Actor and theatre director Femi Elufowoju, Jr, 41, was born in London to Nigerian parents. He has performed at the Royal Court and the National and recorded over 100 radio plays for the BBC. In 1995 he switched to directing and is currently associate director of West Yorkshire Playhouse, where his new version of Medea is about to be staged
Your production of Medea incorporates the Yoruba theatrical traditions of western Nigeria. Has it been a big challenge for the actors?
The process for this particular production has been the most challenging in my entire career as it has involved attempting to transpose to a huge rehearsal room in west Yorkshire, the legacies and idiosyncrasies peculiar to one of the most powerful and influential tribes in Africa. A near impossible task.
At what point in your life did you decide to go into acting?
I was 10 years old when I was picked for the end of year school play. I remember it being Jack and the Beanstalk, and as I was the only black kid in the school, I think my teacher thought it imaginative for me to play the Ogre, or maybe it was because I had a big mouth and I could scream the loudest, I'm still trying to work it out 30 years on. Anyway, it was my first acting stint ever and my mates wouldn't stop talking about my booming roar for weeks, and the rest is history.
Why did you decide to found your theatre company Tiata Fahodzi and what's the significance of the name?
Tiata Fahodzi was founded in 1998 with the sole aim to maintain a qualitative place for culturally diverse work within the present theatrical landscape through the constant exploration of the richness and heritage of African theatre traditions. The name simply translates as "theatre of the emancipated".
At a conference on institutional racism last year, you described an incident in which actors from your company were accused of stealing. Is this a typical example of attitudes in the theatre?
The unfortunate incident occurred three years ago and though the theatre in question claimed at the time that they were acting honourably under very extreme circumstances, I would love to think that the Macpherson report has changed the way in which managers of our theatres now approach sensitive challenges of this sort. I would also love to think that the incident was a one-off, and not a polarised example of how theatres across the spectrum behave. It is a relief, however, to witness in recent times British theatre fast becoming an exemplary yardstick for the world in its approach to embracing writers of colour, imaginative casting and consistent, culturally diverse initiatives. The only thing lagging behind, it seems, is the training and empowerment of more black and Asian theatre directors, administrators and senior managers leading our theatres. I am confident however that this is being addressed as we speak.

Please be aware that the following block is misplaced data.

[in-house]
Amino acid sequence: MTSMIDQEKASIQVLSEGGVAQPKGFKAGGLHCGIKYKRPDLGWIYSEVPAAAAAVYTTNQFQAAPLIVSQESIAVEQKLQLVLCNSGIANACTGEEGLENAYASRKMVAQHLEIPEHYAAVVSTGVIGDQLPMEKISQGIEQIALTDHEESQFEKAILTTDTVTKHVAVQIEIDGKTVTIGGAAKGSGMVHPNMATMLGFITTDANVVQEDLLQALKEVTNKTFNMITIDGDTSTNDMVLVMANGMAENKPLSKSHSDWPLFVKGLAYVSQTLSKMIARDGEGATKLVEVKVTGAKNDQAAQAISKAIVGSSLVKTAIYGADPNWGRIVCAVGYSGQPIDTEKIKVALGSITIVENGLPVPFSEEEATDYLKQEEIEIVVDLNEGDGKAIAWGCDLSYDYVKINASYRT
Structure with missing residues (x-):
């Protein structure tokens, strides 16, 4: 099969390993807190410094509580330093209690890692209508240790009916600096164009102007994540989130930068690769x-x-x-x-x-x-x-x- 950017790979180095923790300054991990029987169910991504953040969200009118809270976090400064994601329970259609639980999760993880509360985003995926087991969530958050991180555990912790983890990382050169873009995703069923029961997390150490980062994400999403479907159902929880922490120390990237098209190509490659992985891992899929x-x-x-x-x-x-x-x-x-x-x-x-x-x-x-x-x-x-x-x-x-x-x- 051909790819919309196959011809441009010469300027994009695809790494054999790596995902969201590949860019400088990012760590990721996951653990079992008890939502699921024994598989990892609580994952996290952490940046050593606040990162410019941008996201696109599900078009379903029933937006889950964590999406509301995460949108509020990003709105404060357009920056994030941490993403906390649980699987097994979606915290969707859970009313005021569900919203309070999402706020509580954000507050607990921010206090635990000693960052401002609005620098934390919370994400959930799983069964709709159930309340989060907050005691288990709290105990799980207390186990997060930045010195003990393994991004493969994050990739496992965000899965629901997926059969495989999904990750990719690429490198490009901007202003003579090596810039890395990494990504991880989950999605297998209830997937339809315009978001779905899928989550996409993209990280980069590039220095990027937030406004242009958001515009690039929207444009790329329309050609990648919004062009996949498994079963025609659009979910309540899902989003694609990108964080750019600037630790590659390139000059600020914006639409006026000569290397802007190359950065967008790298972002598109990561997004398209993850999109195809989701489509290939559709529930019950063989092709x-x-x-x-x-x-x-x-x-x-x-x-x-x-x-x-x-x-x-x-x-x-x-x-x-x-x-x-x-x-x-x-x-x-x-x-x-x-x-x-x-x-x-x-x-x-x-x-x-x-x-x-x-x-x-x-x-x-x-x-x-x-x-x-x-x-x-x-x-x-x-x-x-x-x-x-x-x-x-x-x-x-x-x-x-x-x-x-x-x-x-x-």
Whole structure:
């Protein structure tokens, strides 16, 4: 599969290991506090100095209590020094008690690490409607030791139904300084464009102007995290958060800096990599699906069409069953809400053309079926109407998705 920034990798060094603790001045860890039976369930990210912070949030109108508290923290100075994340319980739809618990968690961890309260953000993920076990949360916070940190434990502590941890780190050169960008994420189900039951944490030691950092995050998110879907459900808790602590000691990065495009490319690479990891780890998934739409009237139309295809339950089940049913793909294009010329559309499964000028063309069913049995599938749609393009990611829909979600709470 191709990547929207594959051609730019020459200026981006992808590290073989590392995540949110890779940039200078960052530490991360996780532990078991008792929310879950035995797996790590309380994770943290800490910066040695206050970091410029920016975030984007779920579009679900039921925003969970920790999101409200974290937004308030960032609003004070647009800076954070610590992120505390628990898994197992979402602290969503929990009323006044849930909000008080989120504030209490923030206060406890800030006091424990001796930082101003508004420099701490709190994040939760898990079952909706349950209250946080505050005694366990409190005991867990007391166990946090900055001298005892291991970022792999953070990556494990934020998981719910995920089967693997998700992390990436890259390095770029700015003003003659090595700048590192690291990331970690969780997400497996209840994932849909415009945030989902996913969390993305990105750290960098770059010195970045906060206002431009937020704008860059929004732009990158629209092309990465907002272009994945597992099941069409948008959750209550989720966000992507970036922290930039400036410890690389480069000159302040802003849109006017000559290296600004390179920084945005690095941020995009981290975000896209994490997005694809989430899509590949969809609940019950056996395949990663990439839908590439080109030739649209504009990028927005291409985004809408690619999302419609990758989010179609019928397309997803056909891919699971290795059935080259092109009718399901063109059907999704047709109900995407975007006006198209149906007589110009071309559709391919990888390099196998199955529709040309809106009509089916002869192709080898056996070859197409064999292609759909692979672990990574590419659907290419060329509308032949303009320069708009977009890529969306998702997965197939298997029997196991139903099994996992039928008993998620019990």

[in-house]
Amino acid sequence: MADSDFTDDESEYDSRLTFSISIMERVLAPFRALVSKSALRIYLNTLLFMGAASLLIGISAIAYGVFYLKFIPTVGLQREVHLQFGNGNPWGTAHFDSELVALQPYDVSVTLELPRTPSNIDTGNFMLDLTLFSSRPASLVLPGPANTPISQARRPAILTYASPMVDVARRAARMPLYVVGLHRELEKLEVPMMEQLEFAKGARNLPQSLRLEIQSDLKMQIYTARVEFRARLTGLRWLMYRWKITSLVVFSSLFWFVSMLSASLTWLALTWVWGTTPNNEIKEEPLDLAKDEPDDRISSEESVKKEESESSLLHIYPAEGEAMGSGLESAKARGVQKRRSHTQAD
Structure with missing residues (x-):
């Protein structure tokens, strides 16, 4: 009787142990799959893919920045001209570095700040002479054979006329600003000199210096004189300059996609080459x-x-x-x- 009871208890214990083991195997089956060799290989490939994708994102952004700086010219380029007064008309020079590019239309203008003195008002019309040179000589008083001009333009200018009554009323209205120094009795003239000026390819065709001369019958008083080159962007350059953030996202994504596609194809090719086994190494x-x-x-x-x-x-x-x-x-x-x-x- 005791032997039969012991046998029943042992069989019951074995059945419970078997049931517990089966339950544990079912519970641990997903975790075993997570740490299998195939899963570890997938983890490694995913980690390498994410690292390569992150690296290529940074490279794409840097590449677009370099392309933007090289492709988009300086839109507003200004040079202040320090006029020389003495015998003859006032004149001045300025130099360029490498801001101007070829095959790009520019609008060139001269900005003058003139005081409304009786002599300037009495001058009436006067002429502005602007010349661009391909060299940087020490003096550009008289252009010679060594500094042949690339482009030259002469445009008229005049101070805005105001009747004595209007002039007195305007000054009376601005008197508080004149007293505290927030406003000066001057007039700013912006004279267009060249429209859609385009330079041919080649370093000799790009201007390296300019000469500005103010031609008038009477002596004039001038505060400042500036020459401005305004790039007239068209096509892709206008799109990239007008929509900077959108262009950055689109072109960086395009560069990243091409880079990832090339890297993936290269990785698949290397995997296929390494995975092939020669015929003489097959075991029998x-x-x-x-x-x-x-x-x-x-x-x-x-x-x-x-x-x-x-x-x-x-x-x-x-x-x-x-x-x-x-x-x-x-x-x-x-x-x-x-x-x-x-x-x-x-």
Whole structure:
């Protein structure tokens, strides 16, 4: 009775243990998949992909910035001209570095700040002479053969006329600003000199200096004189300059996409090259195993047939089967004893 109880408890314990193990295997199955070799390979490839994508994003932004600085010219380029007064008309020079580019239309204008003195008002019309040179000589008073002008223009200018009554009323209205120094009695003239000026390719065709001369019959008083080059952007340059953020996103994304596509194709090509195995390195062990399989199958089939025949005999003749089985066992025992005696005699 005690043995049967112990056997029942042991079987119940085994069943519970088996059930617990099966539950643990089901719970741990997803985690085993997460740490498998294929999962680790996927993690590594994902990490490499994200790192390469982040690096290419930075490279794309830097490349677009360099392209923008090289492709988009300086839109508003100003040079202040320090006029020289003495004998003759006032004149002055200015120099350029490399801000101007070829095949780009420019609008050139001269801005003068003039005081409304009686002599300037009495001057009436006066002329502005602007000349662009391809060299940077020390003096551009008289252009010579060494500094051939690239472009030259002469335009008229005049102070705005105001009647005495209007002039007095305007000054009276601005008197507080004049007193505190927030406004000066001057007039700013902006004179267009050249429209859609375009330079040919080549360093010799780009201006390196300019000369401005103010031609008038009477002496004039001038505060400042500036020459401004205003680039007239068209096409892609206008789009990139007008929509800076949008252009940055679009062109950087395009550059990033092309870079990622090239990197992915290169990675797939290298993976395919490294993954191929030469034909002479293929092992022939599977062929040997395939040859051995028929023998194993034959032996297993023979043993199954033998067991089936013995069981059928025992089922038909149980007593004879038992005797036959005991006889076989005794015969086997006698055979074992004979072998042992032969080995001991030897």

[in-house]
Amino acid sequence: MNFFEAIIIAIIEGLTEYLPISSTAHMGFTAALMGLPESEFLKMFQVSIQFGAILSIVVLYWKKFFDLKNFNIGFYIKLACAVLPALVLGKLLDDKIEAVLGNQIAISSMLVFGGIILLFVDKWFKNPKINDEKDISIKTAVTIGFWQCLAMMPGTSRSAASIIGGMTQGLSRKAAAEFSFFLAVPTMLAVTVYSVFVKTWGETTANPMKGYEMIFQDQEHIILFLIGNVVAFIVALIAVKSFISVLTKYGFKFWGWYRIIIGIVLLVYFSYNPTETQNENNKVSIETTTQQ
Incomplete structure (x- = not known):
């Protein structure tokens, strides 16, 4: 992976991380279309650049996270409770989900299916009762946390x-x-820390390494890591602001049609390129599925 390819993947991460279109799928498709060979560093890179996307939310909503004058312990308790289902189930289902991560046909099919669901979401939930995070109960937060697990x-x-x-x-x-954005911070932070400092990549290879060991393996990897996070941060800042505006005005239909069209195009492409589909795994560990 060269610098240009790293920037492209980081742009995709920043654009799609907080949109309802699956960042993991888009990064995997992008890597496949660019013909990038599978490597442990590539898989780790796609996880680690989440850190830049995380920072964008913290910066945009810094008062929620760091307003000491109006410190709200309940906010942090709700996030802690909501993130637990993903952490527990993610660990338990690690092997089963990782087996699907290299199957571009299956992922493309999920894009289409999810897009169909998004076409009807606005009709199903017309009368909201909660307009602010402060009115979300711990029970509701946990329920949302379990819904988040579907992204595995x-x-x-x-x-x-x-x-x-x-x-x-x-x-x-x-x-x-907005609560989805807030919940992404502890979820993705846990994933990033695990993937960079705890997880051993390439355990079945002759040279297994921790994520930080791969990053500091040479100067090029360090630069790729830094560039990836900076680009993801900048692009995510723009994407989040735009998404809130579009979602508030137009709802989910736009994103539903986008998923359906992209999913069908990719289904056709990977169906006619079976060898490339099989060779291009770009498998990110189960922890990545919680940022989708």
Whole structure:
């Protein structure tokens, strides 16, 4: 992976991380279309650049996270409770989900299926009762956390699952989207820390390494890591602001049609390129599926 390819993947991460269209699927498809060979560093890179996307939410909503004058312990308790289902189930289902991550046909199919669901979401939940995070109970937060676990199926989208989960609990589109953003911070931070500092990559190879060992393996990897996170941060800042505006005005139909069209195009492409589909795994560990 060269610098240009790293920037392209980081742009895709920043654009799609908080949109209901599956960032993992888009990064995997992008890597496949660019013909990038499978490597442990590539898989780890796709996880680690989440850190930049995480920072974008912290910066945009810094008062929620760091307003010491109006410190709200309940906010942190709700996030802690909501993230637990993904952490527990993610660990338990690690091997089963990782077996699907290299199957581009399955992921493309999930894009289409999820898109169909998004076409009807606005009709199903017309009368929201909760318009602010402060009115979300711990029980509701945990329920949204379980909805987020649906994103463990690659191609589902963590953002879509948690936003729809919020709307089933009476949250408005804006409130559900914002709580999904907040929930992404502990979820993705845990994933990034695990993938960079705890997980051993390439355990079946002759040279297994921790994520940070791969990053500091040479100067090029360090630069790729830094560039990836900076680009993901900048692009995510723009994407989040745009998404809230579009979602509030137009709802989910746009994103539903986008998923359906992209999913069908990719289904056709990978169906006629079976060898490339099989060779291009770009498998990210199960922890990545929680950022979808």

What's it like working on Westway, the World Service's favourite soap?
Fantastic! The soap is the toast of the BBC and is reaching more listening audiences worldwide. I am currently involved in an Aids storyline where my character Edward, a Nigerian businessman, is on the brink of marrying a British doctor of Nigerian parentage infected with the HIV virus. Controversial stuff!
You featured in the 1998 Tim Roth vehicle The Legend of 1900. Was that a good experience and would you like to do more film work?
Fabulous experience. I made some life-long friends, worked across three continents and was directed by Oscar-winning Italian director Giuseppe Tornatore. I also had the opportunity of meeting one of my favourite film composers, Ennio Morricone. The job fell into my lap unexpectedly - I was mini-cabbing at the time. I still believe I have a career in film. Which side of the camera? I'm leaving that to providence and the gods.
'Medea': West Yorkshire Playhouse, Leeds (0113 213 7272), previewing, opens Wed, to 13 Dec
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